Increased vascular permeability in the bone marrow microenvironment contributes to disease progression and drug response in acute myeloid leukemia
journal contributionposted on 2020-10-15, 16:24 authored by Diana Passaro, Alessandro Di Tullio, Ander Abarrategi, Kevin Rouault-Pierre, Katie Foster, Linda Ariza-McNaughton, Beatriz Montaner, Probir Chakravarty, Leena Bhaw, Giovanni Diana, François Lassailly, John Gribben, Dominique Bonnet
The biological and clinical behaviors of hematological malignancies can be influenced by the active crosstalk with an altered bone marrow (BM) microenvironment. In the present study, we provide a detailed picture of the BM vasculature in acute myeloid leukemia using intravital two-photon microscopy. We found several abnormalities in the vascular architecture and function in patient-derived xenografts (PDX), such as vascular leakiness and increased hypoxia. Transcriptomic analysis in endothelial cells identified nitric oxide (NO) as major mediator of this phenotype in PDX and in patient-derived biopsies. Moreover, induction chemotherapy failing to restore normal vasculature was associated with a poor prognosis. Inhibition of NO production reduced vascular permeability, preserved normal hematopoietic stem cell function, and improved treatment response in PDX.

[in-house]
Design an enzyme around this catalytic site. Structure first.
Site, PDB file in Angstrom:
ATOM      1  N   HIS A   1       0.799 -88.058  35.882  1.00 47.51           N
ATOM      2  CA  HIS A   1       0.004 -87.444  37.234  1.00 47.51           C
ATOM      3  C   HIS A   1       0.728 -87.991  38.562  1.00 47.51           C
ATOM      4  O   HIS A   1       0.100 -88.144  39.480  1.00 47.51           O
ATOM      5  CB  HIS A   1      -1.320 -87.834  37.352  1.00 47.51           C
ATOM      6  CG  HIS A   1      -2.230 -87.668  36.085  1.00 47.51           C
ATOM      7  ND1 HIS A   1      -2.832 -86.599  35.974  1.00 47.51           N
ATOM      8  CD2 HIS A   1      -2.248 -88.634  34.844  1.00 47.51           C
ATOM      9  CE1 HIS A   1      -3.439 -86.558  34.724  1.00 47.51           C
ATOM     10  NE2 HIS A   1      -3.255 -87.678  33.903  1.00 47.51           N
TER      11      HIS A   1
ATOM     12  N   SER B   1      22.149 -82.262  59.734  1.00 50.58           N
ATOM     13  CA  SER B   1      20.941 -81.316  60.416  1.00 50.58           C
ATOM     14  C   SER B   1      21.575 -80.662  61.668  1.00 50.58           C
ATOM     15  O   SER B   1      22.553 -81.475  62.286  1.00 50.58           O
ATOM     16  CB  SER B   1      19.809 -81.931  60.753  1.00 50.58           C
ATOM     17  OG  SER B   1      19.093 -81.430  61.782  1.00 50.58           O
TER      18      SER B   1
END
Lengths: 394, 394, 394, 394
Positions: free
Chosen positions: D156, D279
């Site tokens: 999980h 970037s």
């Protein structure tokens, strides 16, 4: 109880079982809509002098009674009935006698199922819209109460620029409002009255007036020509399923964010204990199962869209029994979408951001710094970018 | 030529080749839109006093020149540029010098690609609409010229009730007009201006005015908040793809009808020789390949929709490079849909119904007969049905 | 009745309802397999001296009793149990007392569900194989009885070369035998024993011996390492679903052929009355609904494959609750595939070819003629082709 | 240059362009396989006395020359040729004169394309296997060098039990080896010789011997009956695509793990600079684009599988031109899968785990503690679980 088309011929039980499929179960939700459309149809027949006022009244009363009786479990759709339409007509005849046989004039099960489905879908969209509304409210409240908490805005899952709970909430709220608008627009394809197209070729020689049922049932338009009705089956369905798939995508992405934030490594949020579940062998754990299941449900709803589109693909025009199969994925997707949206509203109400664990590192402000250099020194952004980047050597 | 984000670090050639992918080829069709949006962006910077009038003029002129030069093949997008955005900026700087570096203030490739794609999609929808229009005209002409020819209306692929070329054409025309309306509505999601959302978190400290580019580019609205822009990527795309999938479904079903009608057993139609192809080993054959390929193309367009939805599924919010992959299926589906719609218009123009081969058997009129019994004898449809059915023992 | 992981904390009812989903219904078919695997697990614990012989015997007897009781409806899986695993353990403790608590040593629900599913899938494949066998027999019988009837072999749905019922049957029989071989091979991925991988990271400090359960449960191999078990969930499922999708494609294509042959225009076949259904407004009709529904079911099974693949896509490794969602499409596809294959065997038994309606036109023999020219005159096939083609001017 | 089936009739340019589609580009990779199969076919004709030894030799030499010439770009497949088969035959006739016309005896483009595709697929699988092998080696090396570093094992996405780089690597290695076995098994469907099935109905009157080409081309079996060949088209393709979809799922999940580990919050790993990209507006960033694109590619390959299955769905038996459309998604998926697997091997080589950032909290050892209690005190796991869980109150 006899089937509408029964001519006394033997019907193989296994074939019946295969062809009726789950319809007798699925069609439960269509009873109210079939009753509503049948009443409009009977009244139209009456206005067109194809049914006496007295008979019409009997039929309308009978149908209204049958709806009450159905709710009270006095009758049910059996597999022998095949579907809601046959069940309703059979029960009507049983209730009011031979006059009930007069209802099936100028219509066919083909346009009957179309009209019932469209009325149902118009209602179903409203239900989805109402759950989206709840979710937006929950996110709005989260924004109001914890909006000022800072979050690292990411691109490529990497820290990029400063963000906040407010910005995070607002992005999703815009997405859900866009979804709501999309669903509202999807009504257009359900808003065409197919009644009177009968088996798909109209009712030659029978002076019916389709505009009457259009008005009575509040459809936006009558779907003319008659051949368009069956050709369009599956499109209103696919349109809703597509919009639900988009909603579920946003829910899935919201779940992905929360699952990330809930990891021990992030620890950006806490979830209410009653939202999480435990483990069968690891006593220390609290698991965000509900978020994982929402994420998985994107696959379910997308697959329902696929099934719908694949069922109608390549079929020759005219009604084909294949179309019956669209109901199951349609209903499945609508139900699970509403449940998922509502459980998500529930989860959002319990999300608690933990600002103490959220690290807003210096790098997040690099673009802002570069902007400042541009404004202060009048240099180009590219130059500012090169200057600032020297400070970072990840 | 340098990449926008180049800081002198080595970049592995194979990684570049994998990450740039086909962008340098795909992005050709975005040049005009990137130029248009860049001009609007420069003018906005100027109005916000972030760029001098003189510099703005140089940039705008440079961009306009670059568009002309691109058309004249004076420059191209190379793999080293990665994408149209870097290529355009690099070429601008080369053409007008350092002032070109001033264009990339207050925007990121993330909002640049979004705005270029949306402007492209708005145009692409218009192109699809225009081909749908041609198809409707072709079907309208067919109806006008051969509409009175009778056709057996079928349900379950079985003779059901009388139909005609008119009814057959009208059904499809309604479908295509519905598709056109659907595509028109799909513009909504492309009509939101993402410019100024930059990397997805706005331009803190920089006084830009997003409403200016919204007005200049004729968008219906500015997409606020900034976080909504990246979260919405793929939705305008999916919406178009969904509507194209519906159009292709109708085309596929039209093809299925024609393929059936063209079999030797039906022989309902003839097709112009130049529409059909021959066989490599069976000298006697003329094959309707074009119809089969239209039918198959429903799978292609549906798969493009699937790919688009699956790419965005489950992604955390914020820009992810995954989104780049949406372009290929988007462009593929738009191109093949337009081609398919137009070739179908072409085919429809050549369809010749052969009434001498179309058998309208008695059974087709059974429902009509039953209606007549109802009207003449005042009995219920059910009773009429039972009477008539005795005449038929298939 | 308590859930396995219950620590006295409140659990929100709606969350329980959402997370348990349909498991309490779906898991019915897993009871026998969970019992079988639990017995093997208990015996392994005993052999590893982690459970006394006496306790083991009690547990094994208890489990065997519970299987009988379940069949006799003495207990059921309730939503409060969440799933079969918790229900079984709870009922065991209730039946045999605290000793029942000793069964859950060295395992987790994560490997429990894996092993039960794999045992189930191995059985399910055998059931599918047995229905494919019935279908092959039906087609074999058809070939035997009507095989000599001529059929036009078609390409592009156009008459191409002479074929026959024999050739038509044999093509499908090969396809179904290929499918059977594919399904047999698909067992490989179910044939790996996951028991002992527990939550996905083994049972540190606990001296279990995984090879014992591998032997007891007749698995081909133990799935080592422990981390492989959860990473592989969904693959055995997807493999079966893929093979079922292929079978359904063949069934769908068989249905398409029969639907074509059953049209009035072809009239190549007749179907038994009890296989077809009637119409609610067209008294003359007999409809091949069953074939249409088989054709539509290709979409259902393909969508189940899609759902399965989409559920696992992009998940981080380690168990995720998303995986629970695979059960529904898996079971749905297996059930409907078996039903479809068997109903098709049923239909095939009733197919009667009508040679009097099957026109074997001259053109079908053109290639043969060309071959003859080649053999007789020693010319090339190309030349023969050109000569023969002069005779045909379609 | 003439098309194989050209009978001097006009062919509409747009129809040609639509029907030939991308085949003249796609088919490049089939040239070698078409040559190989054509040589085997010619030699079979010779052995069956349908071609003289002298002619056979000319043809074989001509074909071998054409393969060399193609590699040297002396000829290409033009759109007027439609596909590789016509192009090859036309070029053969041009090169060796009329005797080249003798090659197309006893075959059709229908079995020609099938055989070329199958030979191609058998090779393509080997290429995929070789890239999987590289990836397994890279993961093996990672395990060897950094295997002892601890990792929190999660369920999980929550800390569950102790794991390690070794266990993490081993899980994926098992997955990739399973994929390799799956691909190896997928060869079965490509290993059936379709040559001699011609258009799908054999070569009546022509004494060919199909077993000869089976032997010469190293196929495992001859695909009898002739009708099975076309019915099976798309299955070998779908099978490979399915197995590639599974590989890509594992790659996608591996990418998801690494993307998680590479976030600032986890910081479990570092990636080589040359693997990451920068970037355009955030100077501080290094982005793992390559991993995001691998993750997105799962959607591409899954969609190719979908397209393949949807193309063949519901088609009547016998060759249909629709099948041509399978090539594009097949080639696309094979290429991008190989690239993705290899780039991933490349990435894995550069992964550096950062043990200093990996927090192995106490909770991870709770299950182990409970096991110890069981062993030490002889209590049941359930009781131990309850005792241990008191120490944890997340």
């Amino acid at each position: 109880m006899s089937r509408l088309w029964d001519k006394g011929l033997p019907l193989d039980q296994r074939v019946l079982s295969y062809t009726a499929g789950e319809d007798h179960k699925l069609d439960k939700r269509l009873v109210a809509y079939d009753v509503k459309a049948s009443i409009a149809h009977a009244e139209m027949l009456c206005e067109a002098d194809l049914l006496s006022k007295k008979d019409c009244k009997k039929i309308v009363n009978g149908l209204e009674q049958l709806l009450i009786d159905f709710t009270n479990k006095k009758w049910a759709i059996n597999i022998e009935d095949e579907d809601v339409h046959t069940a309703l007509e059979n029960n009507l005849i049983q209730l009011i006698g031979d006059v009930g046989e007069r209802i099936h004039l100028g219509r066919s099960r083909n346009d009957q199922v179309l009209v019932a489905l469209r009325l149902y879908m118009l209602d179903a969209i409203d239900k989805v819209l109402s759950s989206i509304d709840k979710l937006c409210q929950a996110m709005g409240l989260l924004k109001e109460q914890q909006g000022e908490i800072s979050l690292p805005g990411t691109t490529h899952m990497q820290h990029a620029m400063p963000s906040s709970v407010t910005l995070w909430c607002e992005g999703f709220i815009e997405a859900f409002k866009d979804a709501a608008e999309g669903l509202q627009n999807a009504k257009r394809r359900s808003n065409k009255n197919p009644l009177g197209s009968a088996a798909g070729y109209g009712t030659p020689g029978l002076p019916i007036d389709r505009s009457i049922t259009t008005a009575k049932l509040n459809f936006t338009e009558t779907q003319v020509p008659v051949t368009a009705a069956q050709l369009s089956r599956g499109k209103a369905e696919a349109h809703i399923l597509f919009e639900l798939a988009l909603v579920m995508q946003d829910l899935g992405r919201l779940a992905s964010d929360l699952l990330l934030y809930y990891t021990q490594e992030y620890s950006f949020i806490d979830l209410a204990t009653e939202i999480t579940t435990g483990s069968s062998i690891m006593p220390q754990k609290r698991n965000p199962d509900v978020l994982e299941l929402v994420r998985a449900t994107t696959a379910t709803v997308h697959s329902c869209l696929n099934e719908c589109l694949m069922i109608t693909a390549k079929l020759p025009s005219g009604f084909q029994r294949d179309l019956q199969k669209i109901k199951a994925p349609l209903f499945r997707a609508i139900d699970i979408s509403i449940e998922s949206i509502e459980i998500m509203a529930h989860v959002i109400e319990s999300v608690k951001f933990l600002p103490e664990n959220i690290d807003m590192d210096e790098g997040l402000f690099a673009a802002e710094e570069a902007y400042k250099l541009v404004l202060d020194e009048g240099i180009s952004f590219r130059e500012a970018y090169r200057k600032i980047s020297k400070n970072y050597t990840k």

NOS inhibitorsacute myeloid leukemiachemotherapyendothelial cellshematopoietic stem cellshypoxiaintravital 2P microscopymicroenvironmentnitric oxidevascular permeabilityAnimalsAntineoplastic AgentsBone MarrowCapillary PermeabilityCellular MicroenvironmentDisease ProgressionGene Expression ProfilingGene Expression Regulation, LeukemicHematopoietic Stem CellsHumansLeukemia, Myeloid, AcuteMiceNeoplasm TransplantationNitric OxideTreatment OutcomeBonnet FC001045CBASBRF-ackFC-ackLM-ack1112 Oncology and Carcinogenesis1109 NeurosciencesOncology & Carcinogenesis